24 February 2011
Post 334: Wizard's First Rule
Richard Cypher is kind of annoying because he's just so darned good at being good. There's also this weird disconnect between how devoted he is to the truth and the amount of deception he uses to achieve his ends, especially as the book comes to a close. There is something that doesn't sit well with me about someone who is supposed to be trustworthy deceiving anyone, and he does this throughout the story. On the other hand, it's sort of appealing in a Trickster/Brer Rabbit sort of way. We kind of like the guys who purposely break the rules for their own benefit as long as it doesn't actually hurt anyone else.
Seriously, you know you love it when someone files a fraudulent claim that the insurance company actually pays out.
Anyway, Richard kind of throws out a bastardly line to Darken Rahl at Rahl's defeat. I think it says a lot, not only about Richard's personality, but about anyone who is in the least bit sneaky, gossipy, or ambitious enough to step on your head for personal gain. Here's the line:
"Once you teach me something, it's mine to use." Page 563.
This is Richard telling Rahl that he's the one who taught him how to defeat him. Rubbing-one's-face-in-it is so attractive in a hero. But this is actually really excellent cautionary advice as well as an empowering motto. Once you have any kind of information or skill you can use it any way you choose to and no one but you can stop you from doing it. However, that goes for everyone else too, so maybe you should be a little extra careful about who you tell whatever secrets to.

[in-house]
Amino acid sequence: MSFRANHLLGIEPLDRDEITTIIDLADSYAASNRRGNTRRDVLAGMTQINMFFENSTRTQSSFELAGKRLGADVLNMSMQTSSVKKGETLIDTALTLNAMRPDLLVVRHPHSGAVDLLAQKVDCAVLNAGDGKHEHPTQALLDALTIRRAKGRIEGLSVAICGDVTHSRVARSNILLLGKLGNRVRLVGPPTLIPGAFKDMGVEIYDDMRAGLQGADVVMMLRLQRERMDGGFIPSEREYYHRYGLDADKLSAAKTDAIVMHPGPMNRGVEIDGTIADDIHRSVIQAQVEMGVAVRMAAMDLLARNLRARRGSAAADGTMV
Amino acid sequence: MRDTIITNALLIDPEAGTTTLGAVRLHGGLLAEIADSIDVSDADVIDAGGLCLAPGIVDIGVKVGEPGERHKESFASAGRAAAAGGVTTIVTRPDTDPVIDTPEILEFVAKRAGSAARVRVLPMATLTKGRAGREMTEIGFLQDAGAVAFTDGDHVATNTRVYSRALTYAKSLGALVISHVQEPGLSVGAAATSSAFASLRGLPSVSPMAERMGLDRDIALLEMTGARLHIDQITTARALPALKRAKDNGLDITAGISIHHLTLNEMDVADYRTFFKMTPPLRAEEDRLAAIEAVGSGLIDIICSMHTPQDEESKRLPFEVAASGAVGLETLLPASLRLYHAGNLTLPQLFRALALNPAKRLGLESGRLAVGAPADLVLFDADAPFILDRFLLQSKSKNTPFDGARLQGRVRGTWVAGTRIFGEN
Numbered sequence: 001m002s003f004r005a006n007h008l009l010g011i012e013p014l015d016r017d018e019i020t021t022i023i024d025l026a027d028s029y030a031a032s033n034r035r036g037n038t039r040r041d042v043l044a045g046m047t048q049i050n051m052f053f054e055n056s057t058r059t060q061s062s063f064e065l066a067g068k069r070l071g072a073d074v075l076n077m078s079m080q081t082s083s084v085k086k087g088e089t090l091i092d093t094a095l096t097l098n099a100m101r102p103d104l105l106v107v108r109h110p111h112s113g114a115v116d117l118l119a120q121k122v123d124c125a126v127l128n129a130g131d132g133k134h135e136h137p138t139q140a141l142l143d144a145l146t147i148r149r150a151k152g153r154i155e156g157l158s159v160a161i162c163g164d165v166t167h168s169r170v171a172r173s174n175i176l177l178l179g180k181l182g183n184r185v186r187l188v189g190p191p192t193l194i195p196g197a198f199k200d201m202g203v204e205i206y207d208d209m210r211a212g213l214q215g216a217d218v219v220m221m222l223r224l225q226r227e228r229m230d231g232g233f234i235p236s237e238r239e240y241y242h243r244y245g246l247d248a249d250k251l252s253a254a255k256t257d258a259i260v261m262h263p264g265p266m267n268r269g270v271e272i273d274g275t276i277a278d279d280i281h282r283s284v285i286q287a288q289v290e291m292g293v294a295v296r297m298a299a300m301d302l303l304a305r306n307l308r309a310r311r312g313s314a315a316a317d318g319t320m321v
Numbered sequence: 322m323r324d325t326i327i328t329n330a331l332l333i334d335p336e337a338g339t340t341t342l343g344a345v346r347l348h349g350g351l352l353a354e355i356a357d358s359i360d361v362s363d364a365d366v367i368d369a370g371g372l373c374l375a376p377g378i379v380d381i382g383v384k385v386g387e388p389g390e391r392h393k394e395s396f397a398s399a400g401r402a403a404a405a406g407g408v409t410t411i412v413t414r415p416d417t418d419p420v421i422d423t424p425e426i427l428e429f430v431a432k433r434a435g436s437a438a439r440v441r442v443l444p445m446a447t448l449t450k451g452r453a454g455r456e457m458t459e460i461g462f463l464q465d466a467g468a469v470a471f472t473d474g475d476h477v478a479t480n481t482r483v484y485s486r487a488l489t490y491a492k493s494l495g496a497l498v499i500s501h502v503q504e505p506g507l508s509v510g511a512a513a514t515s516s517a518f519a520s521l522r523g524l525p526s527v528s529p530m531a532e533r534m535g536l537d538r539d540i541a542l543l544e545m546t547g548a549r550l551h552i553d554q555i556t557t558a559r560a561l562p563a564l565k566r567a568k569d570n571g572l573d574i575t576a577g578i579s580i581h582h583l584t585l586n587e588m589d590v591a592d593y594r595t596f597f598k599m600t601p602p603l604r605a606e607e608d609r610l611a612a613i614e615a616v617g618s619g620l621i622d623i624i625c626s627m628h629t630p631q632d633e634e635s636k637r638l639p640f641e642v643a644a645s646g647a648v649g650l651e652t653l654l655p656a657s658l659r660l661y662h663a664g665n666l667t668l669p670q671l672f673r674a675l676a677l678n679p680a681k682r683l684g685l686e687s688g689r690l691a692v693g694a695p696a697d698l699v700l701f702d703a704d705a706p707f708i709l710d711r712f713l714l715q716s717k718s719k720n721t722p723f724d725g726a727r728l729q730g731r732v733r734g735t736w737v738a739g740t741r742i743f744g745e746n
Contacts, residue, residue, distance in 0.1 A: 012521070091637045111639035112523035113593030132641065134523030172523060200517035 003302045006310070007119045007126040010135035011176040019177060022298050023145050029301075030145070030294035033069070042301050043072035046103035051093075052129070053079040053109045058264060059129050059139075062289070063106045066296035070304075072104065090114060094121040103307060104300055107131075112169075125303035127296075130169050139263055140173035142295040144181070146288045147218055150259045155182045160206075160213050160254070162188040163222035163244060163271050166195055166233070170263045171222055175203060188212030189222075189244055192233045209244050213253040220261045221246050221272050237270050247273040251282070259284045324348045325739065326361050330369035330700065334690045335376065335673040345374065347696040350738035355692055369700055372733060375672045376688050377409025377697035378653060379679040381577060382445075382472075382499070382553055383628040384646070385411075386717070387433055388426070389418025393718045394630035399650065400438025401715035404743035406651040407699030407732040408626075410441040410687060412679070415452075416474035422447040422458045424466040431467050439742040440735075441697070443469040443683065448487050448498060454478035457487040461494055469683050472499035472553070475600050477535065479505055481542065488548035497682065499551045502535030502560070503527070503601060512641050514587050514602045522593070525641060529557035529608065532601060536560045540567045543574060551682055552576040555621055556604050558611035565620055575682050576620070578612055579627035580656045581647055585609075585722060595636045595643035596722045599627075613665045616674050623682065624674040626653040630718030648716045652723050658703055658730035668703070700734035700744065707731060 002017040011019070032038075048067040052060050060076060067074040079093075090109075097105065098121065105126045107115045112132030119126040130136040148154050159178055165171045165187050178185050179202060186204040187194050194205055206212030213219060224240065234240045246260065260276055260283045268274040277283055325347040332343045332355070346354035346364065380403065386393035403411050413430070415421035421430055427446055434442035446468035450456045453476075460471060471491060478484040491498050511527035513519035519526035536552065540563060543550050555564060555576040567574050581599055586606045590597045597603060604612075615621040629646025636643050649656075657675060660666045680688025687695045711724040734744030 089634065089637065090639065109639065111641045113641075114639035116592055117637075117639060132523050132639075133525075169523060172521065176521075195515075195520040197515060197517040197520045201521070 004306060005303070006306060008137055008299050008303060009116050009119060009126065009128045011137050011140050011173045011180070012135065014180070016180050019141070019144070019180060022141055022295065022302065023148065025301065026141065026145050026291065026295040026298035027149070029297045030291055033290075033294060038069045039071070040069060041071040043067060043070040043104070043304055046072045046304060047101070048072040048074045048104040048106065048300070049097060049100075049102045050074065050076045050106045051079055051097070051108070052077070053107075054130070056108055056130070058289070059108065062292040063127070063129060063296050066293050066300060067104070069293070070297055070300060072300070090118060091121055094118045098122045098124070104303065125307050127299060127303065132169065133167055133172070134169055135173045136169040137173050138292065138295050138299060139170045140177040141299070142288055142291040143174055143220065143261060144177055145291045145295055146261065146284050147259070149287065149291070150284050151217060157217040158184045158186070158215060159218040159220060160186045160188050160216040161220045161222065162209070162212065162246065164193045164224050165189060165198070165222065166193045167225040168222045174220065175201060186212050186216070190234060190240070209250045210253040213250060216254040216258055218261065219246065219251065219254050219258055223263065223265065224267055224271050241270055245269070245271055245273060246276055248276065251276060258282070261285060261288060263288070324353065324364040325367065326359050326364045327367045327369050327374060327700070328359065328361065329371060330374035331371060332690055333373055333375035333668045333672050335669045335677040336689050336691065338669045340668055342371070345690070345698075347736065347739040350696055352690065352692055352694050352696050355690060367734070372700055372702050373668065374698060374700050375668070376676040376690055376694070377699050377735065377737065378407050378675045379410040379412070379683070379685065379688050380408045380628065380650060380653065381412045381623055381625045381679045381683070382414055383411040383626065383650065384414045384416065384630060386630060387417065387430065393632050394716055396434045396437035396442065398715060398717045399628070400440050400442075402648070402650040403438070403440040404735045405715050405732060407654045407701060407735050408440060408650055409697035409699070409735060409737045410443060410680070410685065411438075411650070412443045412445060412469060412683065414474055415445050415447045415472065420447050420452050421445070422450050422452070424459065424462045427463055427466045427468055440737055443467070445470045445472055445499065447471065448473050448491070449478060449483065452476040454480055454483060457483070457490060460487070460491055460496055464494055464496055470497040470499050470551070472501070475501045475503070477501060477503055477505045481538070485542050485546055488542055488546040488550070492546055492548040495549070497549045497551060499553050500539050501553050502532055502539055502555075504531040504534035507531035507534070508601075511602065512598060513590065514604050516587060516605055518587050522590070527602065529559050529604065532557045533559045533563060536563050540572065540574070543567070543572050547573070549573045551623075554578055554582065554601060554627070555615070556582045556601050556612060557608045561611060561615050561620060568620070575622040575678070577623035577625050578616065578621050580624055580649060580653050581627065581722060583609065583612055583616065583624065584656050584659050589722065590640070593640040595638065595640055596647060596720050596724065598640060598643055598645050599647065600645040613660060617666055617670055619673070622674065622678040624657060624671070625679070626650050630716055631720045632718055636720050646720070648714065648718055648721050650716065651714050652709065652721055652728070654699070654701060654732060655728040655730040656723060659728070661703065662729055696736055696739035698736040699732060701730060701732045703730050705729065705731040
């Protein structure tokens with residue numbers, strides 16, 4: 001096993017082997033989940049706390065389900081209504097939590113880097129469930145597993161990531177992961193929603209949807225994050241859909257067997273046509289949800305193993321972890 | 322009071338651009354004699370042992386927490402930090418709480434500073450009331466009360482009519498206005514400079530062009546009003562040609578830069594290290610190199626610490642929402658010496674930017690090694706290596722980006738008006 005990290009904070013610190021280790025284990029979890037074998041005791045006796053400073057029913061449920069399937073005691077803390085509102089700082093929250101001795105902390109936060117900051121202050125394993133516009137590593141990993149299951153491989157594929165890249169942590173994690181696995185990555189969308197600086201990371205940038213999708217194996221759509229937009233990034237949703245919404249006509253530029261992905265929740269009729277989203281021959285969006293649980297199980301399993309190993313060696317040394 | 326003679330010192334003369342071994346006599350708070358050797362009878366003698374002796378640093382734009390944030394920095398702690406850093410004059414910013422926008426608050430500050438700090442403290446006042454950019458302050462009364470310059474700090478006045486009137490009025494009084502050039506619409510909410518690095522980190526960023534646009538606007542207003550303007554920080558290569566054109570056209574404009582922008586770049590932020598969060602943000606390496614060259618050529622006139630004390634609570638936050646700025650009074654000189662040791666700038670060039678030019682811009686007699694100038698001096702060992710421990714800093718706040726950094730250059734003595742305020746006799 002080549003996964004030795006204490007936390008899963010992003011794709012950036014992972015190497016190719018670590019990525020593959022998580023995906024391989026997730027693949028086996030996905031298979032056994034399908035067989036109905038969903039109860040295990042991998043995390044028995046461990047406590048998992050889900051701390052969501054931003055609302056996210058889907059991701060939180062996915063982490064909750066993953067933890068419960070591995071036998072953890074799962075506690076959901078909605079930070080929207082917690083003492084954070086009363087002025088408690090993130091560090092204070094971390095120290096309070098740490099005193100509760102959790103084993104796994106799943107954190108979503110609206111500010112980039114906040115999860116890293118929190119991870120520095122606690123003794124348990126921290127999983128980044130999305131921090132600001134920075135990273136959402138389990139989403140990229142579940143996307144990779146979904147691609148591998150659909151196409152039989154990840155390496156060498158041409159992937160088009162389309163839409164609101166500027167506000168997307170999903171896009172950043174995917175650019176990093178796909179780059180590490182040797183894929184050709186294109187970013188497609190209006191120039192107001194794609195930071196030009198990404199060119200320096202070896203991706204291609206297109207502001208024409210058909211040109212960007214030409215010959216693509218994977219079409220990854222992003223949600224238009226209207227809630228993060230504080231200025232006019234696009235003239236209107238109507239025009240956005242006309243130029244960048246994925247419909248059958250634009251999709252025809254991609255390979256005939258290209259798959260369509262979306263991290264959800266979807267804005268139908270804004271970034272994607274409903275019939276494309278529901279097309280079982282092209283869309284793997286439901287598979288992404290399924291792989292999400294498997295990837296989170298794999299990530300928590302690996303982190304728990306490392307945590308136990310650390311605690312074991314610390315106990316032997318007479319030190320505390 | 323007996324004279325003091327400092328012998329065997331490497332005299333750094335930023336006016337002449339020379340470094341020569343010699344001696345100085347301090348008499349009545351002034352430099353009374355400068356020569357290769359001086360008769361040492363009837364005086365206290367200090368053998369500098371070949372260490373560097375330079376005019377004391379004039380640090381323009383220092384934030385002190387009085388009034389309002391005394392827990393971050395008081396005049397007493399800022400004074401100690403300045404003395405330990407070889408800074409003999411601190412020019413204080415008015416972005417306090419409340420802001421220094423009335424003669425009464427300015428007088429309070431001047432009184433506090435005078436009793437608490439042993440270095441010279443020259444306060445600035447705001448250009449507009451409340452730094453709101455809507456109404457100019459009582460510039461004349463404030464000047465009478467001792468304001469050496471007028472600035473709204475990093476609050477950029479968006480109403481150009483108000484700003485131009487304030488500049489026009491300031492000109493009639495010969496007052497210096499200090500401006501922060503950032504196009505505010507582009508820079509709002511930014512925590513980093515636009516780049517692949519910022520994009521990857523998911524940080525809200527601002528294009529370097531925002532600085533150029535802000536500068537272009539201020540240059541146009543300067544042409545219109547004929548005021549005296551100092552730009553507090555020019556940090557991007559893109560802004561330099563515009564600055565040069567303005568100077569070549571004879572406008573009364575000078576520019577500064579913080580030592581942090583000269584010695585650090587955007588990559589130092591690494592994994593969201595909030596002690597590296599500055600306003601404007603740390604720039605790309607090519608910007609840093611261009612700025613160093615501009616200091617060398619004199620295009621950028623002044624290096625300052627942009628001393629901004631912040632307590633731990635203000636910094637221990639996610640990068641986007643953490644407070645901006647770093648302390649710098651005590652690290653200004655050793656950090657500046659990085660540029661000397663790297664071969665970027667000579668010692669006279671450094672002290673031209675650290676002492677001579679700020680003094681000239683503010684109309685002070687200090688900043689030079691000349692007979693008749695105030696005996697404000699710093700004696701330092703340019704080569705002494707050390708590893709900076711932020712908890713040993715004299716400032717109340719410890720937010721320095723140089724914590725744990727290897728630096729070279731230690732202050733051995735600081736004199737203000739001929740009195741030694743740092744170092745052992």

I think we all learn this lesson the hard way. We have that one friend, or friendly person, we think we can talk about a mutual friend with and then we find out said person has blabbed everything you said to the very person you didn't want to know. It's not necessarily that you had any malicious intents or feelings towards that person, but you're not going to have warm happy feelings about everyone all the time and it is normal to want to vent. You can be as upset about this as you want, but ultimately, you were the person who gave that information out.
This is becoming more and more of a problem as information becomes more and more global and easier to access. It's harder to recover from making those mistakes because now all of your friends know what you said about Cindy getting pregnant or that Josh has an STD. You might lose a whole circle of friends rather than just the one you offended before you even have the chance to explain yourself.
In some ways I really don't envy kids growing up today with access to Twitter and Facebook. They have the opportunity to royally screw up their social and professional lives before they've even really learned what they've done. Maybe this will lead to everyone growing much thicker skins and better communication skills in the long run... but from what I remember of teenager relationships, the first instinct is to immediately take offense, consequences be damned.
My review can be found at Goodreads.
LibsNote: Copy checked out from my local library.